TORONTO — Emerging use cases are revealing the many ways memory technologies can be an avenue for threat actors to create havoc, whether for stealing data or sending malicious instructions.
Security features in memory aren’t new, of course. The “s” in SD card initially stood for “secure,” but the SD Association hasn’t really emphasized it for a decade, while electrically erasable programmable read-only memory (EEPROM) has long been used for applications that need embedded security such as credit cards, SIM cards and key-less entry systems, among others.
But as different kinds of memory are put into a wider variety of systems — such as automotive, manufacturing and the Internet of Things (IoT) — the need for security has greatly increased. The question is not only where that security will be integrated, but how it will be managed, especially in embedded memories that are expected to remain in a device for years, possibly decades.
Read the full story on EE Times.
It seems like just yesterday everyone was gearing up to secure their organization for the anticipated BYOD deluge. Today, IoT security has quickly evolved to become the new front line in our connected world.
In early February, a grey-hat hacker compromised as many as 150,000 printers using an automated script that searches for open printer ports to send out rogue print jobs. He was able to affect printers of all makes and sizes at both large enterprises and small town restaurants. This hacker claimed he didn’t intend to cause harm, according to reports. Instead, he was educating people to the dangers of exposed devices and holes in IoT security. The reality is that the consequences of a single, exposed device can be far worse depending on what networks it’s connected to.
Read my full story on Tektonika.
TORONTO – As Ethernet speeds get faster, Rambus is looking to make sure memory and interfaces can keep up with the recent launch 56G SerDes PHY.
The analog-to-digital converter (ADC) and (DSP) architecture of the 56G SerDes PHY is designed meet the long-reach backplane requirements for the industry transition to 400 GB Ethernet applications, said Mohit Gupta, senior director of product marketing at Rambus. This means it can support scaling to speeds as fast as 112G, which are required in the networking and enterprise segments, such as enterprise server racks that are moving from 100G to 400G.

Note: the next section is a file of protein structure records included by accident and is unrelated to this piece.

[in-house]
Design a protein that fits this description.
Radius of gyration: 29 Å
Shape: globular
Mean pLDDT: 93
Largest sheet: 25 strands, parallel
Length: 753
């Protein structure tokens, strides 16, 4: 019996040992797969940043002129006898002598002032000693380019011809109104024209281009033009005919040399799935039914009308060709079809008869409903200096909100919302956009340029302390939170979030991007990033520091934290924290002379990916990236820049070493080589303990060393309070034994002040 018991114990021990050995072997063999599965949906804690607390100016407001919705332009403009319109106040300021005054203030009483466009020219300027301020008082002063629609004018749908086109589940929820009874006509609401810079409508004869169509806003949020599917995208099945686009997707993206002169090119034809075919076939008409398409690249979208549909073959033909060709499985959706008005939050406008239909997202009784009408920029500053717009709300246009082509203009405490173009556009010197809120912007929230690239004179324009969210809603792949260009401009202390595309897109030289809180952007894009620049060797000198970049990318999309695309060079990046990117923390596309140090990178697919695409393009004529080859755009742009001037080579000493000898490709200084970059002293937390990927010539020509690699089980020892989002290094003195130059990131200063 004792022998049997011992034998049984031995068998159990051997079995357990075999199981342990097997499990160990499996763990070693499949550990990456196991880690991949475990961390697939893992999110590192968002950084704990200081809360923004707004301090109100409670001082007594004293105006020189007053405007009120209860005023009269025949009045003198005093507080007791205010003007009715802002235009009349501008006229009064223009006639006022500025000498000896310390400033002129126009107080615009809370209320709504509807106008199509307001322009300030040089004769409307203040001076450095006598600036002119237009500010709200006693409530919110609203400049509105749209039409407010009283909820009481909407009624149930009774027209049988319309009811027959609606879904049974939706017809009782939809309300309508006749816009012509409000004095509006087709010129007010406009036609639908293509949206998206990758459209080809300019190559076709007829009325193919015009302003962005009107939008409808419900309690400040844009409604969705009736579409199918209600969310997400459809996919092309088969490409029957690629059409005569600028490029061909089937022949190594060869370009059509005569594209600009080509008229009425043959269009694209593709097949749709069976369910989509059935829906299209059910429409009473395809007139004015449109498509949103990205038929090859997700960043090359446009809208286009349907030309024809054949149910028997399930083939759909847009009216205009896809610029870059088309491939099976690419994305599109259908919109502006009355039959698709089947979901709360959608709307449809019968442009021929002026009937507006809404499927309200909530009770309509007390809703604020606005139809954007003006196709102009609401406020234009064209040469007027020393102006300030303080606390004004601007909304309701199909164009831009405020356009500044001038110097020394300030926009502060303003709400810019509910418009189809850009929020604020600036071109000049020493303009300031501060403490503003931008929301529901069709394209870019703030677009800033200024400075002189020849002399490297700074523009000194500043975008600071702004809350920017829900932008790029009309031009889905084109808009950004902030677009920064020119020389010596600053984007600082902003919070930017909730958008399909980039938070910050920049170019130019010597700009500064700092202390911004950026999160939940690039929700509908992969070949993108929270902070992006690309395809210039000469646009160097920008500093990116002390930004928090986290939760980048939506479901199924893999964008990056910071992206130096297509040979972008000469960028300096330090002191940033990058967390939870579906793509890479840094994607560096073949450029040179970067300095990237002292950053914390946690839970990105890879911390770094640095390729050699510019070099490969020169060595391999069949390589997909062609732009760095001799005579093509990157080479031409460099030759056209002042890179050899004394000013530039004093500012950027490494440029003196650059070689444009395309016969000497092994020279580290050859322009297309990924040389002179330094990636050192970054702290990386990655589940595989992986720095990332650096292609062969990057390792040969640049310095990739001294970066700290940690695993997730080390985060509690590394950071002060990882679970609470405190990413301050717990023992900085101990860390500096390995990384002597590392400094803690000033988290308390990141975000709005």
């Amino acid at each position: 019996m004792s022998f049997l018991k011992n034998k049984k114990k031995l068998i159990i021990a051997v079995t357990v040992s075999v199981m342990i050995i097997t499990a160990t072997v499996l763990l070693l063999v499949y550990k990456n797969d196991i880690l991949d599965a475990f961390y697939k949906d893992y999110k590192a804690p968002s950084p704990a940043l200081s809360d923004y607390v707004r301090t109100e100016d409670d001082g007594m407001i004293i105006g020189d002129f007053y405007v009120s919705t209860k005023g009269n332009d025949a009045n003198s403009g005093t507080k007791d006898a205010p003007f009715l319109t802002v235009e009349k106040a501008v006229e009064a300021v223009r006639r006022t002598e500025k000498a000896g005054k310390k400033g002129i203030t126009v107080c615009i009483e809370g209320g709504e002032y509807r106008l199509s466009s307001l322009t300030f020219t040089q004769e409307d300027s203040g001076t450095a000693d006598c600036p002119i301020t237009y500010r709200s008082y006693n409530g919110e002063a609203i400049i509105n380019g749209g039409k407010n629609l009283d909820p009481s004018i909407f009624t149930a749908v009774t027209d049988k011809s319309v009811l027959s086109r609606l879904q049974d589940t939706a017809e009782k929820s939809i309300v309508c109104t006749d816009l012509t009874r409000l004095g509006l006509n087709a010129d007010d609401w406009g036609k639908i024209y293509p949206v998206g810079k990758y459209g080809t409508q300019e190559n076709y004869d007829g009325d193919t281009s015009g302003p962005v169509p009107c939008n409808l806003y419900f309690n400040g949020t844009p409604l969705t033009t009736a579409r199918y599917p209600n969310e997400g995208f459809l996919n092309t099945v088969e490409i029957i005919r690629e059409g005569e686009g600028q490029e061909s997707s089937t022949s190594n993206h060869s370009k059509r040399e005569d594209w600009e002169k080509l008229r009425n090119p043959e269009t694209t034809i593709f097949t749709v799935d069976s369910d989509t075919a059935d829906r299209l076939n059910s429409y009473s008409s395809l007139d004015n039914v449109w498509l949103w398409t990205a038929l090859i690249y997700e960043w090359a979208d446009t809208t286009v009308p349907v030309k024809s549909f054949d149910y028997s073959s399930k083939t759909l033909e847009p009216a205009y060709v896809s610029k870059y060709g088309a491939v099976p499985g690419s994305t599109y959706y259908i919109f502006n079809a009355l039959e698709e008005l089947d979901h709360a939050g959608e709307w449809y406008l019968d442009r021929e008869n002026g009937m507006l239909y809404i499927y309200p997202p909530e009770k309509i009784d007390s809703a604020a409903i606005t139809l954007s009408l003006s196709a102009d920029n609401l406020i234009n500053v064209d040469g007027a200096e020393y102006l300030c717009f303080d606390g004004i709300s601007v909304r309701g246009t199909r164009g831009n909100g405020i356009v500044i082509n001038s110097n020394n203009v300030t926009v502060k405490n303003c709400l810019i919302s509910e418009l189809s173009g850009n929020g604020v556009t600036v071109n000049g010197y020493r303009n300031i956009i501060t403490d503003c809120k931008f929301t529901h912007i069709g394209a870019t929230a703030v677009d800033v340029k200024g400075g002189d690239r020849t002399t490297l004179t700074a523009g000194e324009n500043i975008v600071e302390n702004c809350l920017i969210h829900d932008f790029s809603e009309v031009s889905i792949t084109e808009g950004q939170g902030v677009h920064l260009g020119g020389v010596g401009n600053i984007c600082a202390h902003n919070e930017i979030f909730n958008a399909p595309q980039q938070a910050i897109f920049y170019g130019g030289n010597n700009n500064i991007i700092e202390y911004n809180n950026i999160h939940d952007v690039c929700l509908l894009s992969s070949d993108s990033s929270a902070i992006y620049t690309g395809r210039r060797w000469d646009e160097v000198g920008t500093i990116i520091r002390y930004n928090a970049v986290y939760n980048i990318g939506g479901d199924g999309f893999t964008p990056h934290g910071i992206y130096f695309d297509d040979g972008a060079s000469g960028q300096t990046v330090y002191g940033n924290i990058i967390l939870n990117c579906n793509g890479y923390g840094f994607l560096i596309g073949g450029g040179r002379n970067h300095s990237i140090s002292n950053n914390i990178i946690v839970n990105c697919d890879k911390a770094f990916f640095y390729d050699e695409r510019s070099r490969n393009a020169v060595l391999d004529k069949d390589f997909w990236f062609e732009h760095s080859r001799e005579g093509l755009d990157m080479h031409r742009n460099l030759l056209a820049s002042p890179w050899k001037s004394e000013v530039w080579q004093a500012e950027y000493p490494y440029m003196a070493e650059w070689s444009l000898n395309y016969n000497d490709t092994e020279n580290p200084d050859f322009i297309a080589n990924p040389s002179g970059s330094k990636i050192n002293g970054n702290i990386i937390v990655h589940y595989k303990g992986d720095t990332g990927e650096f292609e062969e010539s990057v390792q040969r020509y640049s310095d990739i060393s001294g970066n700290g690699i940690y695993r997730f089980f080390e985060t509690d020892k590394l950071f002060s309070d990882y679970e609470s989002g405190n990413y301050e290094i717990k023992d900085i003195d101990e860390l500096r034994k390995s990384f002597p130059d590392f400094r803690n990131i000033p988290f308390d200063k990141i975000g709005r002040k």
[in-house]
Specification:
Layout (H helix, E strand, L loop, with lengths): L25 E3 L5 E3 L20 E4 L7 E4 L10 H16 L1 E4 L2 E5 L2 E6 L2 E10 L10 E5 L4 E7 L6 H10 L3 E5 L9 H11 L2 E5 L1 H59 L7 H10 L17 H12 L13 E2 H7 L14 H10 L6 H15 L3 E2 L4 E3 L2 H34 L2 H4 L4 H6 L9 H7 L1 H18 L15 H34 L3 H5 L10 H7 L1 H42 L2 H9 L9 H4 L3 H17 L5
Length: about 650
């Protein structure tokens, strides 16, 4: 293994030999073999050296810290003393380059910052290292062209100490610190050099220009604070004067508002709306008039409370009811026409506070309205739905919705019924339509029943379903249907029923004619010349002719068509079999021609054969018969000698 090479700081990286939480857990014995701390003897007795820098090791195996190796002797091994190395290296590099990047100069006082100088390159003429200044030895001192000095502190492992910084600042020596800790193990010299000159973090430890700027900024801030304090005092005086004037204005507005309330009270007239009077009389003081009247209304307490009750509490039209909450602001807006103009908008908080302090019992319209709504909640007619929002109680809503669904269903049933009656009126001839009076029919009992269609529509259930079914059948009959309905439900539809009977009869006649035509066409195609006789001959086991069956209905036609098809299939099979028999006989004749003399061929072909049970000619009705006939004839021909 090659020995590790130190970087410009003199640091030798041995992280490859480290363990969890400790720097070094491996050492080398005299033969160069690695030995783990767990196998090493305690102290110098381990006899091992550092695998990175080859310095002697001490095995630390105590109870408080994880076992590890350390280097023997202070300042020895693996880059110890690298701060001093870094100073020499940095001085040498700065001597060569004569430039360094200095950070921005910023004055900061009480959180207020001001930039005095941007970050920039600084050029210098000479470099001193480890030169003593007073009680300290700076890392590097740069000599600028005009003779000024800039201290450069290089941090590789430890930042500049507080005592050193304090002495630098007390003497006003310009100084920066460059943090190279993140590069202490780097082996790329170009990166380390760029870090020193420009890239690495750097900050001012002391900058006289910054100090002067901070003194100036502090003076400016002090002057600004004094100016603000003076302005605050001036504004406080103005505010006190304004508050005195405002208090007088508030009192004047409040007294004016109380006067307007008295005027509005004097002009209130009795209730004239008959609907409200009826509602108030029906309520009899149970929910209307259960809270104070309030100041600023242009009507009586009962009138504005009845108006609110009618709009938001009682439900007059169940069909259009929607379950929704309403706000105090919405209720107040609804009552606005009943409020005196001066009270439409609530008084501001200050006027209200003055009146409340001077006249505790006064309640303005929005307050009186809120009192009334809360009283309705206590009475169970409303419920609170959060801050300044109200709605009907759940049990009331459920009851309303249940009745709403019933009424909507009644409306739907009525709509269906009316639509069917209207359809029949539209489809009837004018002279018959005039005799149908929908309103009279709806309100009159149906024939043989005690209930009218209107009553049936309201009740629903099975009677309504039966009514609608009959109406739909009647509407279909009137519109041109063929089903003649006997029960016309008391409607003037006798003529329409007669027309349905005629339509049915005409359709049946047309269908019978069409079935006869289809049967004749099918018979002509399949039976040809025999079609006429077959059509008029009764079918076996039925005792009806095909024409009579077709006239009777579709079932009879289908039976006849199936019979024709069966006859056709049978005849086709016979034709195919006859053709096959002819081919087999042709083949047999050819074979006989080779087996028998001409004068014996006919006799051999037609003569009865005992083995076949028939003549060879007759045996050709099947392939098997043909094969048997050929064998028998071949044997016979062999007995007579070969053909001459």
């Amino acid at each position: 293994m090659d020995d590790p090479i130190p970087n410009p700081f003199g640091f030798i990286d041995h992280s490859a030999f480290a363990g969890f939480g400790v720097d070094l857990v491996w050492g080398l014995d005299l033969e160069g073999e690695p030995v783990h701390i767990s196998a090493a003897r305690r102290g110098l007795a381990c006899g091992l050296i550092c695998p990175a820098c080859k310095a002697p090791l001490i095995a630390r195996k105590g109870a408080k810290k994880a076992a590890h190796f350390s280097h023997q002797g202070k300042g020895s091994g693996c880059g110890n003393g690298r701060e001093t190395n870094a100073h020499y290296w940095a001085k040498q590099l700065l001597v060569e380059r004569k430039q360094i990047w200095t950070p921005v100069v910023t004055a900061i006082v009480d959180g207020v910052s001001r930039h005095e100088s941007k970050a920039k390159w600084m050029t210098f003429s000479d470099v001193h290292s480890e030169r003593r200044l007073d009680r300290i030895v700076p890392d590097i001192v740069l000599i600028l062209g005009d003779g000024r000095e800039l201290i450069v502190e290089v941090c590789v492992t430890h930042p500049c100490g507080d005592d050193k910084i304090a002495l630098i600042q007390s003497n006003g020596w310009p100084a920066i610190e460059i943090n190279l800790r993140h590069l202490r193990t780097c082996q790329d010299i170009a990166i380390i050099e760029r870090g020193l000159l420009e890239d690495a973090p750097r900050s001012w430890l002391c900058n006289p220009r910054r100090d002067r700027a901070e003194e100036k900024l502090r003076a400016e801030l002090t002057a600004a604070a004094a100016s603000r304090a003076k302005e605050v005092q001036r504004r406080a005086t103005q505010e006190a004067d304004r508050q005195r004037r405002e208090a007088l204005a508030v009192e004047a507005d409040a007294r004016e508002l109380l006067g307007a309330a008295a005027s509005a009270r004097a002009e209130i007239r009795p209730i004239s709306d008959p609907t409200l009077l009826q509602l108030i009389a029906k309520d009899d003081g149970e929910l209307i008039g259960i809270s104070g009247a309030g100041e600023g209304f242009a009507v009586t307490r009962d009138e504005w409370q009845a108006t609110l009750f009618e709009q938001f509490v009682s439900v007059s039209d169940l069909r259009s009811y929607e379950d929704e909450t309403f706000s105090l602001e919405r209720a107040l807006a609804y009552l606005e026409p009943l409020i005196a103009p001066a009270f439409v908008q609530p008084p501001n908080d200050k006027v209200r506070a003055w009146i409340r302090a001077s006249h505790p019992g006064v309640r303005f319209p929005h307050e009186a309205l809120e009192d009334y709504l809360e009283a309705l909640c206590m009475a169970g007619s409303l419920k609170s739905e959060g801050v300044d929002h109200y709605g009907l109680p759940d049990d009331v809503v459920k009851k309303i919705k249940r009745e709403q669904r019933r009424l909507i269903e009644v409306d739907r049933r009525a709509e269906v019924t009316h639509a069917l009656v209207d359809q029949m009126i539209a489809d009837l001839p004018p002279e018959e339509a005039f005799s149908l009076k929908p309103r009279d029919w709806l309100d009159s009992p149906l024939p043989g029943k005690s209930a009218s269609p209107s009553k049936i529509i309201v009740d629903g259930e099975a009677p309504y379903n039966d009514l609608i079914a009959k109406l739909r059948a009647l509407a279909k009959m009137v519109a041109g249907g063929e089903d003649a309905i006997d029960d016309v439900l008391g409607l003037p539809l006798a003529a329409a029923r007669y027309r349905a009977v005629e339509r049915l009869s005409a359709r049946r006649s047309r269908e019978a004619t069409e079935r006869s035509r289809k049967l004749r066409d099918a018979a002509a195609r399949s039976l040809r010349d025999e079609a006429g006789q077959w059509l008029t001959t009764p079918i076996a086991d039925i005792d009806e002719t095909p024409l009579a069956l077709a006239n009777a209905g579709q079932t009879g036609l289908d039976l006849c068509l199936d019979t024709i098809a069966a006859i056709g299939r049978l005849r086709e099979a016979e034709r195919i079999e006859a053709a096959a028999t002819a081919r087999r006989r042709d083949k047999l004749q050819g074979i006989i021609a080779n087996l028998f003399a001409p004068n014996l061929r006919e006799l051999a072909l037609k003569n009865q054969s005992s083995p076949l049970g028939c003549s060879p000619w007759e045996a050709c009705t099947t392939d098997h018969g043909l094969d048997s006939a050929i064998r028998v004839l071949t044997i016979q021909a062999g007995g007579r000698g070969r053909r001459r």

“Ethernet is moving faster than ever,” Gupta said. “The pace has picked up substantially due to big data, the Internet of Things (IoT) and other trends putting high demands on communication channels. There is already a forum for 112G SerDes speed which will drive the 800G standard.”
One clear usage case, said Gupta, is data center deployment by the “big four” — Facebook, Microsoft, Amazon and Google.
Read my full article on EE Times.
Barcodes are ubiquitous around the world. They’ve been a mainstay of grocery stores for decades, and in the past ten years, found on mobile phones and advertising. But the history of barcode technology goes back much further, and the use cases for it continue to evolve. Read more on the Accusoft blog.
Internet of Things (IoT) growth predictions have been bullish for a number of years, and new data from Juniper Research predicts the number of connected devices will triple in the next five – but that rosy forecast comes with some caveats.
The recently released The Internet of Things: Consumer, Industrial & Public Services 2016-2021 predicts the number of connected IoT devices, sensors and actuators will hit more than 46 billion in 2021, which is a 200 per cent increase from 2016. The growth will be driven in large part by a reduction in the unit costs of hardware, the organization found, forecasting that industrial and public services will post the highest growth over the next five years, averaging more than 24 per cent annually.
Read my full article on ITBusiness.ca.